COVID-19 news has consumed our smartphones day after day. With updates, news and recommendations from the CDC, there is no break in coronavirus coverage. Everyone is self-isolating to minimize the spread and social media influencers are doing the same. Many have altered their content in order to fit their self-isolation, but still keep their channels going.
With so many isolated to their homes, a spike in social media use has occurred, which is a good and bad thing for influencers. With YouTubers, bloggers and Instagramers staying at home as well, there is a potential struggle to keep interesting content going while stuck inside their homes.
A platform that is on the rise is TikTok. Due to the platform being easy to use, and a recurring theme of dances in the home, the app has risen immensely since the self-isolation period.
According to Music Business Worldwide, “TikTok’s gross US revenue for the week commencing March 16 was $1.1 million, up 34 percent.” More people are downloading the app and buying off of it from ads.
With more time on social media, there is a spike in the celebrity realm as well. Starting out very average, Charli D’Amelio, a 15-year-old social media personality, has taken the app by storm. And the quarantine is gaining her more and more views. As of March 2020, she has accumulated over 44 million followers on Tik Tok, and the New York Times dubbed her “ the reigning queen of Tik Tok.” She is the most-followed on the platform. D’Amelio also has 11.8 million followers on instagram and over 800,000 on Twitter.
Many of D’Amelio’s TikToks are in her room, or in her house, so she doesn’t really need to go out to gain viewers. Other influencers however, are struggling with content production because their outlets rely heavily on them going out. Vlogs titled “spend the day with me while I shop” have quickly turned into “spend the day with me while in quarantine.”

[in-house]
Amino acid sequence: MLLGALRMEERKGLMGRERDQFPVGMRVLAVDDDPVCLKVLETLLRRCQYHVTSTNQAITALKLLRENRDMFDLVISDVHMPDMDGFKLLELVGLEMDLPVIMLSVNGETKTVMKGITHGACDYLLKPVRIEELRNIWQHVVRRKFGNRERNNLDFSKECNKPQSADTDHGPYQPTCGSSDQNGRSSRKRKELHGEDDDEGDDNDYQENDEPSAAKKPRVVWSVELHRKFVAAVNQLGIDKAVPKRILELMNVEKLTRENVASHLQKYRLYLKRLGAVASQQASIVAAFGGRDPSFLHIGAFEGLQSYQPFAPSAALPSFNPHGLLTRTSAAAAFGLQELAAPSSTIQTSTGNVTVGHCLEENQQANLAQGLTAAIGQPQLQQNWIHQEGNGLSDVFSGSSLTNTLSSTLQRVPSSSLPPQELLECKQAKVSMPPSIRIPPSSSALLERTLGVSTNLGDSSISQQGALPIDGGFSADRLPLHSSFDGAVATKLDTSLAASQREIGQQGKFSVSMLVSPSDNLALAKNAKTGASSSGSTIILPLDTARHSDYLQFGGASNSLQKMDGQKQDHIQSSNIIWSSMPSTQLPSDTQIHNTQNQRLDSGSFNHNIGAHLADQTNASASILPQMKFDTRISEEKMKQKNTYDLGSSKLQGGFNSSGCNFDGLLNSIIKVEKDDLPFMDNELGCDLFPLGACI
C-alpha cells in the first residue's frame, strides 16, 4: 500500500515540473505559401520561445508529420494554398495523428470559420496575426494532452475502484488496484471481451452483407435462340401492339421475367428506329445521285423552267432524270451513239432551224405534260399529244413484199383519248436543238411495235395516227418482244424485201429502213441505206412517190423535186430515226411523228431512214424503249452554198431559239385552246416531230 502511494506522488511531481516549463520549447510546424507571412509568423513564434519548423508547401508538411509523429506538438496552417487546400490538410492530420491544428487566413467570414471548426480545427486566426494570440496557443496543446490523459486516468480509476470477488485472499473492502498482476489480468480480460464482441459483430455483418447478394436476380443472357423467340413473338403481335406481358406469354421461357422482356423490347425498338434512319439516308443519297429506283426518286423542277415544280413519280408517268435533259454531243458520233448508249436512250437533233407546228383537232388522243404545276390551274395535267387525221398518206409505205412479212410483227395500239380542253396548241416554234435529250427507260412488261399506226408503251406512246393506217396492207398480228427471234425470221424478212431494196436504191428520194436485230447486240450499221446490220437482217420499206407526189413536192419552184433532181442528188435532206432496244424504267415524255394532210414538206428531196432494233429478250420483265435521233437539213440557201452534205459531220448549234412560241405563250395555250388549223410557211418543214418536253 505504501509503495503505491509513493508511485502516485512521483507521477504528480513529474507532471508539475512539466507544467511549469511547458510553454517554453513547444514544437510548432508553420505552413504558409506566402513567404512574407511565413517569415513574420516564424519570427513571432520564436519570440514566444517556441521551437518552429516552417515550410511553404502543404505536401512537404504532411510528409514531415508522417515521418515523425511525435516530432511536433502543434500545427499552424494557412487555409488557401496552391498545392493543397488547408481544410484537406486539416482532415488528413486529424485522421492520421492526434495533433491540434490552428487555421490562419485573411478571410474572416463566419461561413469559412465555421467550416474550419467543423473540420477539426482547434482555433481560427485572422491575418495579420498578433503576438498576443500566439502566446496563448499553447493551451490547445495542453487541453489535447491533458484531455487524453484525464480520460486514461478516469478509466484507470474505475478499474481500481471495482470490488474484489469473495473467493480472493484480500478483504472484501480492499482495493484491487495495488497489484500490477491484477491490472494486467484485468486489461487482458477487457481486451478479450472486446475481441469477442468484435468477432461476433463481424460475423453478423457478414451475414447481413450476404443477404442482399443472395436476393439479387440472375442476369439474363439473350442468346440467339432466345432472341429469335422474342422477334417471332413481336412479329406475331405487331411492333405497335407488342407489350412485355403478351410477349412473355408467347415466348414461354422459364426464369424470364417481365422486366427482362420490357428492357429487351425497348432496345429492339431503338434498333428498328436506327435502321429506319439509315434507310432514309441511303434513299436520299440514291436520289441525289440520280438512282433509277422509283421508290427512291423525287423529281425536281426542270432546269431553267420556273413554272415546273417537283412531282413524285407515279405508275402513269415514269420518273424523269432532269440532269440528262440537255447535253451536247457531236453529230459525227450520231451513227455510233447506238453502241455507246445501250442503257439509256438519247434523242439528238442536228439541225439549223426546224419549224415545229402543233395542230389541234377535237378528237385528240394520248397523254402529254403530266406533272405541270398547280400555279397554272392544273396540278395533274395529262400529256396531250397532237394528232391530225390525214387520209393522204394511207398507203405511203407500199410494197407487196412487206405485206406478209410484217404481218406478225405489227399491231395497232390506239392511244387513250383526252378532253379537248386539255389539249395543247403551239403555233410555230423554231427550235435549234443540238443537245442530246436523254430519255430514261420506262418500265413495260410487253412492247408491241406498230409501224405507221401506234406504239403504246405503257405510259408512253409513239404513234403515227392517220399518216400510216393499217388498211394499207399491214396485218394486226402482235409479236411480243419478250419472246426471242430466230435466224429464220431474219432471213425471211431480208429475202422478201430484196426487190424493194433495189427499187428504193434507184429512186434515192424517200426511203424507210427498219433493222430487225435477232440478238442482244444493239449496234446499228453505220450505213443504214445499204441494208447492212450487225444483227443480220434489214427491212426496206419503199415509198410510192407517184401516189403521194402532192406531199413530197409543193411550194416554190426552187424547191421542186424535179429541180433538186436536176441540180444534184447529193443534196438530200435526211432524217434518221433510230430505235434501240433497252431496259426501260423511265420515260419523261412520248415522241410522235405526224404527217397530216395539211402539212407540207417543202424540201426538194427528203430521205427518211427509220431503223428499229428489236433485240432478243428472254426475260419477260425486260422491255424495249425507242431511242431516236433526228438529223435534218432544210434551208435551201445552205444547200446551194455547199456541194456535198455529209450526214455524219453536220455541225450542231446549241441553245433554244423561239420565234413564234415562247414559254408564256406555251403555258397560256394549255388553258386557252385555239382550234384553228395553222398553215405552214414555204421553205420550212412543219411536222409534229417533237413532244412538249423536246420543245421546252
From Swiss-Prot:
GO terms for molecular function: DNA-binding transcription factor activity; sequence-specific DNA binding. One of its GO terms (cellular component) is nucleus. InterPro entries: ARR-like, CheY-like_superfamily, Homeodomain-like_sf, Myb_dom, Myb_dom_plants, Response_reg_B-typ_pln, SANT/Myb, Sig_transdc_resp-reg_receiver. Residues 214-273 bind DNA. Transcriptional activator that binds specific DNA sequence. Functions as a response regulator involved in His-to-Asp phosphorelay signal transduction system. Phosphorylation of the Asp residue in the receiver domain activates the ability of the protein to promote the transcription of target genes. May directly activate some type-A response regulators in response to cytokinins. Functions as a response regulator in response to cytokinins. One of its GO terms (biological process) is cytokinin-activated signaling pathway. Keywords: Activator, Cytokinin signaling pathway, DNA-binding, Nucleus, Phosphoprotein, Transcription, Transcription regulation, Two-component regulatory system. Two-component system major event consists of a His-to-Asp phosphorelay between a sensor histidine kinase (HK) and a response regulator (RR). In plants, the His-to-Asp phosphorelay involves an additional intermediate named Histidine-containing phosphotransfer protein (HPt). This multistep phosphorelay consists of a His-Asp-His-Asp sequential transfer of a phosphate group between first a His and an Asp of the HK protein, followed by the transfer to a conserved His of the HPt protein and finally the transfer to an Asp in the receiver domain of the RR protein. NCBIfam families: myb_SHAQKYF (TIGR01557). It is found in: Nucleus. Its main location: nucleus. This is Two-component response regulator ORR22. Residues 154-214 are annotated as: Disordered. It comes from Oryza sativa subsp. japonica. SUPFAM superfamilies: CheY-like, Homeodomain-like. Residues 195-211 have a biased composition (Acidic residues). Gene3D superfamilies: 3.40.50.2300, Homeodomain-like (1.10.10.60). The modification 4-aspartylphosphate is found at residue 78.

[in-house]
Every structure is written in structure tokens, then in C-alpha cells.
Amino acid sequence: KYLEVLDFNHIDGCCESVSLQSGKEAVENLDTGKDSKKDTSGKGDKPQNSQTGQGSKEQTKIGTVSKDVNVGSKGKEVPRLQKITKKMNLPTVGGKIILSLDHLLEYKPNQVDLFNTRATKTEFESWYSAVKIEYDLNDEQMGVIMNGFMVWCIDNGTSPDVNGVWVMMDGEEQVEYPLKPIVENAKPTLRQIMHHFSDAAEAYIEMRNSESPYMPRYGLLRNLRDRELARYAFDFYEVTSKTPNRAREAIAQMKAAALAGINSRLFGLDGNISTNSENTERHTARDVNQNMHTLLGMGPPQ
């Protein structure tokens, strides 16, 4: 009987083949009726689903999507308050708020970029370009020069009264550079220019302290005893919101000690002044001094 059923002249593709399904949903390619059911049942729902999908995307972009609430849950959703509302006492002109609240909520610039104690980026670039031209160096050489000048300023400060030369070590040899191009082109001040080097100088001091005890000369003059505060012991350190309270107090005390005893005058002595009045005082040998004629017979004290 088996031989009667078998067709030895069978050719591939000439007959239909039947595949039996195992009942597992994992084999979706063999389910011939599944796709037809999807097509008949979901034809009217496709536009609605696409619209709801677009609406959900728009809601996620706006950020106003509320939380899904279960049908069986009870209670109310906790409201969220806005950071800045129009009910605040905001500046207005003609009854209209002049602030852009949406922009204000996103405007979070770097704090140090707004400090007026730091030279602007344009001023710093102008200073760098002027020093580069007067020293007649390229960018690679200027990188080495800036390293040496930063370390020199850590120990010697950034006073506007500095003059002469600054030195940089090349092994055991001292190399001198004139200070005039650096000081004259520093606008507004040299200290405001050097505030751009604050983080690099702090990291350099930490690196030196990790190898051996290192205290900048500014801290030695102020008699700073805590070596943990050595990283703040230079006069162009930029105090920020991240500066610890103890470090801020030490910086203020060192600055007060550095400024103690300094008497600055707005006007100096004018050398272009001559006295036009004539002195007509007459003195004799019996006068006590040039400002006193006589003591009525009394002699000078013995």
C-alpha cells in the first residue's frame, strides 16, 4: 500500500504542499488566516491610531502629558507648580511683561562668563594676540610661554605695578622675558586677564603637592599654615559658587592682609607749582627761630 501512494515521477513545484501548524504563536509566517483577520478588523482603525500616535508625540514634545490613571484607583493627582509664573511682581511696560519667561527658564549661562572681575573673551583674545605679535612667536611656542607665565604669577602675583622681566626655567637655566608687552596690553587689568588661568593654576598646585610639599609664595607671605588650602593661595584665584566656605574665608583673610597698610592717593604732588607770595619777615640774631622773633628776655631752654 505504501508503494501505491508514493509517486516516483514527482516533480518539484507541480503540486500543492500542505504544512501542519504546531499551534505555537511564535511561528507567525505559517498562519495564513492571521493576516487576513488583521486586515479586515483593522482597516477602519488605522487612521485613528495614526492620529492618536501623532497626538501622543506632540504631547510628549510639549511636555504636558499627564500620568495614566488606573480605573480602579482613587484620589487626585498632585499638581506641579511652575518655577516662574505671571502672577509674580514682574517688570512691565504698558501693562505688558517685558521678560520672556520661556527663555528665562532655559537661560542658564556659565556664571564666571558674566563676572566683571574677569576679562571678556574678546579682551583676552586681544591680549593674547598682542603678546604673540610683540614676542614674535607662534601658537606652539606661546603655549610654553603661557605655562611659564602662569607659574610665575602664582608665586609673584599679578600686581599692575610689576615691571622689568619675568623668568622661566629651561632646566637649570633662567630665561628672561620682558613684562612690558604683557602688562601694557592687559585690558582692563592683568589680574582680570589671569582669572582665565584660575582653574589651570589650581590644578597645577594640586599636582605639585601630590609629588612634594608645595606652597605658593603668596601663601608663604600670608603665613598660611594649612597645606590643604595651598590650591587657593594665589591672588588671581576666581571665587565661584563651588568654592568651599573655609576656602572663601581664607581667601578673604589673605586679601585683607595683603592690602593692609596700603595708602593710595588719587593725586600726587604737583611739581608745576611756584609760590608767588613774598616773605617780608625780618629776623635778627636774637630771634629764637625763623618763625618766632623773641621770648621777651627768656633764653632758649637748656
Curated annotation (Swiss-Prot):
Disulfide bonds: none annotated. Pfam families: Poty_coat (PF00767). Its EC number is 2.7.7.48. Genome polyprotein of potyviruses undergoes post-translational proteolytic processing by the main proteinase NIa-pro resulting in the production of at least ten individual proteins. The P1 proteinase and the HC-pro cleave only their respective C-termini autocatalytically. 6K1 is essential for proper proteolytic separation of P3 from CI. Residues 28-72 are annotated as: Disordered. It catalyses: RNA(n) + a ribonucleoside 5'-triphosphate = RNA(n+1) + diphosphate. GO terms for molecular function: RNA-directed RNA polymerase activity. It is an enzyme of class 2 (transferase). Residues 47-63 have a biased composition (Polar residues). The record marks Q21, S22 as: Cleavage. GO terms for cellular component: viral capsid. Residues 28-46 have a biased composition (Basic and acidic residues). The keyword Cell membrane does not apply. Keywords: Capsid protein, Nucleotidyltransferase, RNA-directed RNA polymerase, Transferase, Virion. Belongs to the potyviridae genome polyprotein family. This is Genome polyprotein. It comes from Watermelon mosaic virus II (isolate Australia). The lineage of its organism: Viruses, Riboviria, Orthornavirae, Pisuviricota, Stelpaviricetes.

YouTube fashion and car enthusiast Sophie Shohet has had to put banners on prior videos she’s filmed. With a recent video about designer goods, she placed a disclaimer banner saying, “I filmed this prior to the COVID-19 situation, which is why I seem so happy and upbeat. I hope you are all healthy and well.”
Shohet has said in other videos that she’s staying in during the self isolation period and her future uploads will be changing to more of a sit down style. She no longer does car videos with her alternative ideas being bag collections, designer hauls and home improvement projects.
Many media influencers have been seen doing similar disclaimers. While some like D’Amelio are soaking up the coverage, others are getting backlash from viewers saying their continent is insensitive to the situation. Though there are fans who still welcome the upbeat vibe of videos, saying it’s a great distraction from all of the other news coverage about the virus.
A popular beauty guru and social media influencer Jeffree Star said in a recent vlog that he doesn’t know how to approach the virus.
“I don’t know what words I’m allowed to say today… a lot has happened,” Star said in his recent vlog.
Even with the title being described as “clickbait,” Star goes out to get botox during “quarantine” in his custom pink McLaren car. People in the comments mostly laughed at the serious, yet unserious vlog. Others took the casual feel as disrespectful to the recommendations advising others to stay in.
Most influencers are changing their content from trips to morning routines. Because they can’t go out either, room tours, organization videos and DIY projects are taking over people’s feeds. Despite staying in, some influencers use the time to catch their fans up on personal life.
Social media is a great distraction from the reality of the virus and it’s helping people through quarantine. Even though some channels are hurting, everyone is adapting to the new way of life amidst staying in and social distancing.
With hopes that the virus spread will decrease in the next few weeks, people and influencers alike are gearing up for the long haul of staying inside and getting work done.
Emilie Rodriguez can be reached at firstname.lastname@example.org, or on Twitter @NevadaSagebrush.